Skip to Content
Gymnastics

Simone Biles Somehow Looks Even Better

U.S. gymnast Simone Biles competes in the balance beam event during the Core Hydration Classic at XL Center in Hartford, Connecticut, on May 18, 2024.
Charly Triballeau/AFP via Getty Images

I really did intend to write something other than Oh dear Lord, Simone Biles is back and looking so good already, I can't believe it. I wanted to tell you that Shilese Jones is (barring injury; knock on the surface of your choosing) a lock to make this summer's Olympic team, a surprising sentence to type given the depth of the field, with her uneven bars routine that unfolds like a beautiful, floaty dream. I expected to write about Suni Lee getting back on beam. I might've warned you not to count out Jordan Chiles and Jade Carey, either. But Biles is back, and she brought with her the triple-double (aka the Biles II; not to be confused with the bouncing-ball sport accomplishment), the Yurchenko double pike (another Biles II), and even Taylor Swift (no, that's not the name of a gymnastic skill).

Biles competed alongside and against a lot of recognizable names at the U.S. Classic this weekend in Hartford, Conn. The Classic itself isn't the most important competition. It functions more like a warm-up or a preview for the bigger meets to come: the national championship, then Olympic Trials, and finally the Paris Olympics in July. Biles dominated the event, finishing with the highest score on floor, the second-highest on beam, and second-highest on uneven bars. That plus her YDP vault, the highest scoring single vault of the meet, was more than enough to win the event overall.

NBC posted a video compilation of Biles on all four events but, if you want to gasp, fast-forward to the 2:32 mark, when Biles takes the floor.

Biles's floor routine starts with the opening of Swift's song "Ready For It?" off Reputation. I will leave it to the Swifties among us to infer what this means within Swiftian lore while noting that, from a gymnastics standpoint, the meaning is right there in the performance. As the bass pounded and the synth snarled, Biles unleashed her iconic Biles II—aka the triple-double, three twists plus two turns, a skill she hasn't competed since the Tokyo Olympics—and spun and flipped with so much height that it seemed like she could have sneaked another rotation in before the landing. Biles landed, smiled, and kept going. Message sent and received.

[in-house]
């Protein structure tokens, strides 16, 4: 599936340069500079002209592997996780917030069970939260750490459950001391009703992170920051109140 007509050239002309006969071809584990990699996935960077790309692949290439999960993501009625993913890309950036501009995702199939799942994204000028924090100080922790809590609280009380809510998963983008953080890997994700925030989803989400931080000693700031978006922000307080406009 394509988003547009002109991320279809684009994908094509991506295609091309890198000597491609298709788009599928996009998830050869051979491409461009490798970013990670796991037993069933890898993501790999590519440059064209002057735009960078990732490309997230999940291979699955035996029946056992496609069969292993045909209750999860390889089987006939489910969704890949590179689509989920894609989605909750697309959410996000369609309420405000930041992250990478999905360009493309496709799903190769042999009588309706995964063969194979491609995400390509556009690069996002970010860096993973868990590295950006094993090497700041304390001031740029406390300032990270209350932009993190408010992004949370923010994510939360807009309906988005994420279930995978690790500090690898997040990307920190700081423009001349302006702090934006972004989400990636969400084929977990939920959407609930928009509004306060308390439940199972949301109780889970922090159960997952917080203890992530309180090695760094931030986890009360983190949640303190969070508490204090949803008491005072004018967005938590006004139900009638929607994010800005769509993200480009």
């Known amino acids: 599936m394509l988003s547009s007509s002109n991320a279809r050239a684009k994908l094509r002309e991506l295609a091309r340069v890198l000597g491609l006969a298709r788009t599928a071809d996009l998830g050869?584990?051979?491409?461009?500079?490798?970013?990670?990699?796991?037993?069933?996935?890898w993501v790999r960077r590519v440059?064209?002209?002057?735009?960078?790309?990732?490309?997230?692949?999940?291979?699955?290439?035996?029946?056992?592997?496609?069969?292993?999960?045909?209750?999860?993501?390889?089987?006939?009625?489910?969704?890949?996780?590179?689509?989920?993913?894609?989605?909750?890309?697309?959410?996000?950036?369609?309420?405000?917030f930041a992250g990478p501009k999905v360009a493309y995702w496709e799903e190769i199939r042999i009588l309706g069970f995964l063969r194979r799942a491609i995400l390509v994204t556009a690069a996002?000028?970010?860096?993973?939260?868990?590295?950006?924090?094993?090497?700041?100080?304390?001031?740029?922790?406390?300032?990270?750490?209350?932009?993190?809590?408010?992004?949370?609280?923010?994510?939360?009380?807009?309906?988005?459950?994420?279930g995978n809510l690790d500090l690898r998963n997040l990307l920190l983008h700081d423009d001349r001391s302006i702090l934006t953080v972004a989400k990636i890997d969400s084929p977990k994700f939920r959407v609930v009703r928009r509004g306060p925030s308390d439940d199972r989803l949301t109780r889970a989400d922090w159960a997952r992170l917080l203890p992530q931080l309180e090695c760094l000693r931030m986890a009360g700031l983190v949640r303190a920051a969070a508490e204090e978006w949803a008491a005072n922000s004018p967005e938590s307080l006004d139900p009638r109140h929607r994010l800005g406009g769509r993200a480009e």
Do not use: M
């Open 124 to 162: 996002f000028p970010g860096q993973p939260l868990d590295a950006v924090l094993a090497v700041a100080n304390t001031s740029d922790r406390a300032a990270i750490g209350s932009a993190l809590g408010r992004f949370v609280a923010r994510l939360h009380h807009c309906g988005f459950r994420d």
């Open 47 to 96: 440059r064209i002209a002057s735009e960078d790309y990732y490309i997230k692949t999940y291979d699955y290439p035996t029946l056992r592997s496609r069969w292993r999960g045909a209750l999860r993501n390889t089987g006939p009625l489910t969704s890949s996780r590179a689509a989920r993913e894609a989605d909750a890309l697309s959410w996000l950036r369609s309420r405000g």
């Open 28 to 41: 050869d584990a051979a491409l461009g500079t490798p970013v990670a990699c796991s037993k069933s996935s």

She also landed her history-making (and code-of-points-scrambling) YDP vault, without using her coach Laurent Landi as a spotter like last year. How good does Biles feel in the vault? Her other coach, Cecile Landi, told the Wall Street Journal: "She’s been doing it without him for a while now, and she just feels ready. Honestly, she was ready last year, I think Laurent was not ready last year. I think he needed to see her do it like she’s done it."

Biles's closest competition might be the aforementioned Shilese Jones. Check out Jones on the uneven bars, her strongest apparatus, where she earned a whopping 15.25. (For comparison, Biles earned a 14.55 on bars at the meet.) Jones posted scores that put her second behind Biles on all-around, floor, and vault, which is pretty similar how it felt watching U.S. competition last year: Biles in the lead, and Jones right behind. The U.S. is looking pretty scary for Paris.

Biles wasn't perfect, and she talked with NBC afterward about getting back to competing. In such a taxing and exact sport, nothing is guaranteed, and Biles knows it. But she's about as poised as anyone can be for another historic Olympic run.

Already a user?Log in

Welcome to Defector!

Sign up to read another couple free blogs.

Or, click here to subscribe!

If you liked this blog, please share it! Your referrals help Defector reach new readers, and those new readers always get a few free blogs before encountering our paywall.

Stay in touch

Sign up for our free newsletter